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Member Spotlight: Scott Mullins (IAFF)

Jeremy Sprinkle
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Member Spotlight is a new, recurring blog post series intended to highlight and connect the dots between the programs and priorities of the NC State AFL-CIO and the leaders and activist members of our affiliates who make it all possible.

My name is Scott Mullins, and I am a member and president of the Asheville Fire Fighters Association (IAFF Local 332). I also serve as president of the Professional Fire Fighters and Paramedics of North Carolina (PFFPNC).

North Carolina law currently doesn’t allow public sector workers like me to have union contracts, but until we change that it’s still worth fighting together in unions to improve safety and pay for the benefit of our families. Even without collective bargaining, unions like mine can make a difference. Our strength lies in our numbers and in our willingness to fight for each other. No one is going to look out for fire fighters like we do, and when we work together, we’re able to make gains, especially locally.

Firefighter unions allow us to protect our jobs while protecting the public. When we aren’t properly equipped and compensated, we can’t do our jobs safely and the whole community is put at risk. For example, when the pandemic hit we were not given proper personal protective equipment (PPE). Firefighters had to enter homes to help sick people, but we weren’t even given gloves or masks. Our local unions were able to step in and provide these necessary tools.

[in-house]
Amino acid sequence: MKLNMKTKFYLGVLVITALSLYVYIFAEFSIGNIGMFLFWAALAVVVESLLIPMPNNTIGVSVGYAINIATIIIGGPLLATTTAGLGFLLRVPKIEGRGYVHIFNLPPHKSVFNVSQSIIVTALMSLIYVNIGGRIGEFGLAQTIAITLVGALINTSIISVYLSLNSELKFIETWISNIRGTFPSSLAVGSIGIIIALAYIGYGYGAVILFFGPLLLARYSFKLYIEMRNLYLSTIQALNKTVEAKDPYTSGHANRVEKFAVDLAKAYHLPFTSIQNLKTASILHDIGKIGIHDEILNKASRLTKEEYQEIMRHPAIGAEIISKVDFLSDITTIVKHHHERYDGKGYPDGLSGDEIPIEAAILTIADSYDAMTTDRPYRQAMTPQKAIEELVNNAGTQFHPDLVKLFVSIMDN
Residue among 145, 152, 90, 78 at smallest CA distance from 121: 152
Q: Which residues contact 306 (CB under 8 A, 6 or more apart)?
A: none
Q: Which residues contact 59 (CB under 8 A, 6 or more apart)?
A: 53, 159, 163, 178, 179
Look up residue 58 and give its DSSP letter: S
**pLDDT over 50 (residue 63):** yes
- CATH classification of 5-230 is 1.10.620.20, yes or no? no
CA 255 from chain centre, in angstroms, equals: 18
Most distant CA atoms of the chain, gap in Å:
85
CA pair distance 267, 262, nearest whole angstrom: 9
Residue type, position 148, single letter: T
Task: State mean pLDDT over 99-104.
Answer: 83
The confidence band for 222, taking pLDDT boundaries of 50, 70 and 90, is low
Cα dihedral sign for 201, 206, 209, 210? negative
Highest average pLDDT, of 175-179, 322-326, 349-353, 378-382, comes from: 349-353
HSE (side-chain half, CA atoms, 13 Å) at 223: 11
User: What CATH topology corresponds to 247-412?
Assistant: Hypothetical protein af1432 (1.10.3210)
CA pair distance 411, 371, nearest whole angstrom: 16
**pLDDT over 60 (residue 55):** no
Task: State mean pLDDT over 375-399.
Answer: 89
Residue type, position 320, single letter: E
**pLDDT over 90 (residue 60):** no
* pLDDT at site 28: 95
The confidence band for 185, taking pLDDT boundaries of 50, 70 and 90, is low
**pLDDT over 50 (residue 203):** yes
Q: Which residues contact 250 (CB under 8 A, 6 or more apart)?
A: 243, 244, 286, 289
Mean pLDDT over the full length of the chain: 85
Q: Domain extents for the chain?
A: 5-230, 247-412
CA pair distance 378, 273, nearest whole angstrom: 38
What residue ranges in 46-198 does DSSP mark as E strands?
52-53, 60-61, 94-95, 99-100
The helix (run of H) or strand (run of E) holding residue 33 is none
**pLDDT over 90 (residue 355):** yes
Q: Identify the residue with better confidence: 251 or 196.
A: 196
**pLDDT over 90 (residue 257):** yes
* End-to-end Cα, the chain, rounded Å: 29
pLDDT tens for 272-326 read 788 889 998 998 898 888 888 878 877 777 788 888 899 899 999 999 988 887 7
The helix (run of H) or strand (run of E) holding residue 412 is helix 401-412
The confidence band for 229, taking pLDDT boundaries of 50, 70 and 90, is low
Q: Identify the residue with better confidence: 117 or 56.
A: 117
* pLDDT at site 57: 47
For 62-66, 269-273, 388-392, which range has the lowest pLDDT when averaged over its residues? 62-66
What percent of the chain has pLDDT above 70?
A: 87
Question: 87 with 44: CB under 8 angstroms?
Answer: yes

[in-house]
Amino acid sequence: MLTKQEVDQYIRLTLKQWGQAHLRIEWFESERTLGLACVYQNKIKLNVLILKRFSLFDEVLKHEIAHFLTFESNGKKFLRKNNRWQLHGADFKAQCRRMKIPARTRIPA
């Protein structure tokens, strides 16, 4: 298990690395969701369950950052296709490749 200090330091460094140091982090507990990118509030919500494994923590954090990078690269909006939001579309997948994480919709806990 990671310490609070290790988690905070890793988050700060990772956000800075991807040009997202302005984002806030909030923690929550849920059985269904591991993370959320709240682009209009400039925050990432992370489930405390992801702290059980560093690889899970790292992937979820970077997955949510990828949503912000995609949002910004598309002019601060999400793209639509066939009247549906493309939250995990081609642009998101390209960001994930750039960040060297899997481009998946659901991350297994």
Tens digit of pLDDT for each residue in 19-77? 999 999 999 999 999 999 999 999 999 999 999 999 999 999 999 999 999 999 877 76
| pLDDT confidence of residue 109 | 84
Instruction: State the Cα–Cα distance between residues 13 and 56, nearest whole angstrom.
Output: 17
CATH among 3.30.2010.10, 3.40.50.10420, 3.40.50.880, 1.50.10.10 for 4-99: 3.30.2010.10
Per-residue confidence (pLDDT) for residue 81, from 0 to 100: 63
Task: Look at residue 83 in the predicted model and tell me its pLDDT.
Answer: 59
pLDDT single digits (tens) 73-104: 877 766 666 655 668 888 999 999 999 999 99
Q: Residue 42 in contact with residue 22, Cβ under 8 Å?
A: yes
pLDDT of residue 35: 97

Community members see the value in our work even when elected officials don’t, and they’ve helped us fight and win. Together we’ve been able to advocate for state legislation, the Firefighters Fighting Cancer Act, to support fire fighters facing cancer diagnoses. And we’ve advocated for better pay and better staffing locally. There were people in some fire departments who weren’t even getting paid ten dollars an hour. Now our members are making at least $15, some of them are earning 35% more than before. Our parent union, the IAFF, put together the scientific data to show our cities that proper staffing benefits not only us but the whole community. When given the facts, they’ve had our backs.

I want people to know that if they want safety, pay, and benefits the best way to do that is join a union. We’re stronger together, and even those of us without contract rights can fight for and win better pay, better safety, and better staffing. And other fire fighters who either don’t have a union yet or who want to strengthen theirs, they can reach out to see how we can organize or support each other.

For more information about firefighter unions in North Carolina, contact Scott at [email protected] or visit